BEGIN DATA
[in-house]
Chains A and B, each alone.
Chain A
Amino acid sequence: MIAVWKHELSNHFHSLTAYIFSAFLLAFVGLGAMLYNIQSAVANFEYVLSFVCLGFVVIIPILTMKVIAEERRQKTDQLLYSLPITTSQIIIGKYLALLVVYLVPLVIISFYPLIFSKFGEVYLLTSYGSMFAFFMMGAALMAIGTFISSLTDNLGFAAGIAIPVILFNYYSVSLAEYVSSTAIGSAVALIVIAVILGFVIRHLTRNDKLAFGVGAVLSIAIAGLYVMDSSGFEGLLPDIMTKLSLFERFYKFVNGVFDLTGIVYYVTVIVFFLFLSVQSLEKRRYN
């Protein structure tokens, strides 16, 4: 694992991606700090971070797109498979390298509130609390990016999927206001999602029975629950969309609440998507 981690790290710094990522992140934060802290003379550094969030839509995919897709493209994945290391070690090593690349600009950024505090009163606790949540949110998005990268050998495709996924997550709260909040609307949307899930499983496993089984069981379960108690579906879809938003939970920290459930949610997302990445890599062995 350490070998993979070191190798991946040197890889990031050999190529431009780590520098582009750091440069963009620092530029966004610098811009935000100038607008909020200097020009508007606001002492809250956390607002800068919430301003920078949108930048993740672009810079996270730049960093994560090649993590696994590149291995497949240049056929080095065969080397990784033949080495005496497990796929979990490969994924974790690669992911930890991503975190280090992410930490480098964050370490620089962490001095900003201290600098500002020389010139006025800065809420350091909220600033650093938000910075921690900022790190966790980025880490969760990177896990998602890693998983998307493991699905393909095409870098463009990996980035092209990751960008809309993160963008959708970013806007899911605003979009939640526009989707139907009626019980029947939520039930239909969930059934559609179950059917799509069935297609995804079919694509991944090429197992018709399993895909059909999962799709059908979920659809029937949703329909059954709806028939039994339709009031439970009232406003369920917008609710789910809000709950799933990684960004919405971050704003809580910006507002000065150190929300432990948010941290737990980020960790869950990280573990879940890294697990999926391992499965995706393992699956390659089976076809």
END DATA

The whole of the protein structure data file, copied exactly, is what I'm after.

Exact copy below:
[in-house]
Chains A and B, each alone.
Chain A
Amino acid sequence: MIAVWKHELSNHFHSLTAYIFSAFLLAFVGLGAMLYNIQSAVANFEYVLSFVCLGFVVIIPILTMKVIAEERRQKTDQLLYSLPITTSQIIIGKYLALLVVYLVPLVIISFYPLIFSKFGEVYLLTSYGSMFAFFMMGAALMAIGTFISSLTDNLGFAAGIAIPVILFNYYSVSLAEYVSSTAIGSAVALIVIAVILGFVIRHLTRNDKLAFGVGAVLSIAIAGLYVMDSSGFEGLLPDIMTKLSLFERFYKFVNGVFDLTGIVYYVTVIVFFLFLSVQSLEKRRYN
């Protein structure tokens, strides 16, 4: 694992991606700090971070797109498979390298509130609390990016999927206001999602029975629950969309609440998507 981690790290710094990522992140934060802290003379550094969030839509995919897709493209994945290391070690090593690349600009950024505090009163606790949540949110998005990268050998495709996924997550709260909040609307949307899930499983496993089984069981379960108690579906879809938003939970920290459930949610997302990445890599062995 350490070998993979070191190798991946040197890889990031050999190529431009780590520098582009750091440069963009620092530029966004610098811009935000100038607008909020200097020009508007606001002492809250956390607002800068919430301003920078949108930048993740672009810079996270730049960093994560090649993590696994590149291995497949240049056929080095065969080397990784033949080495005496497990796929979990490969994924974790690669992911930890991503975190280090992410930490480098964050370490620089962490001095900003201290600098500002020389010139006025800065809420350091909220600033650093938000910075921690900022790190966790980025880490969760990177896990998602890693998983998307493991699905393909095409870098463009990996980035092209990751960008809309993160963008959708970013806007899911605003979009939640526009989707139907009626019980029947939520039930239909969930059934559609179950059917799509069935297609995804079919694509991944090429197992018709399993895909059909999962799709059908979920659809029937949703329909059954709806028939039994339709009031439970009232406003369920917008609710789910809000709950799933990684960004919405971050704003809580910006507002000065150190929300432990948010941290737990980020960790869950990280573990879940890294697990999926391992499965995706393992699956390659089976076809």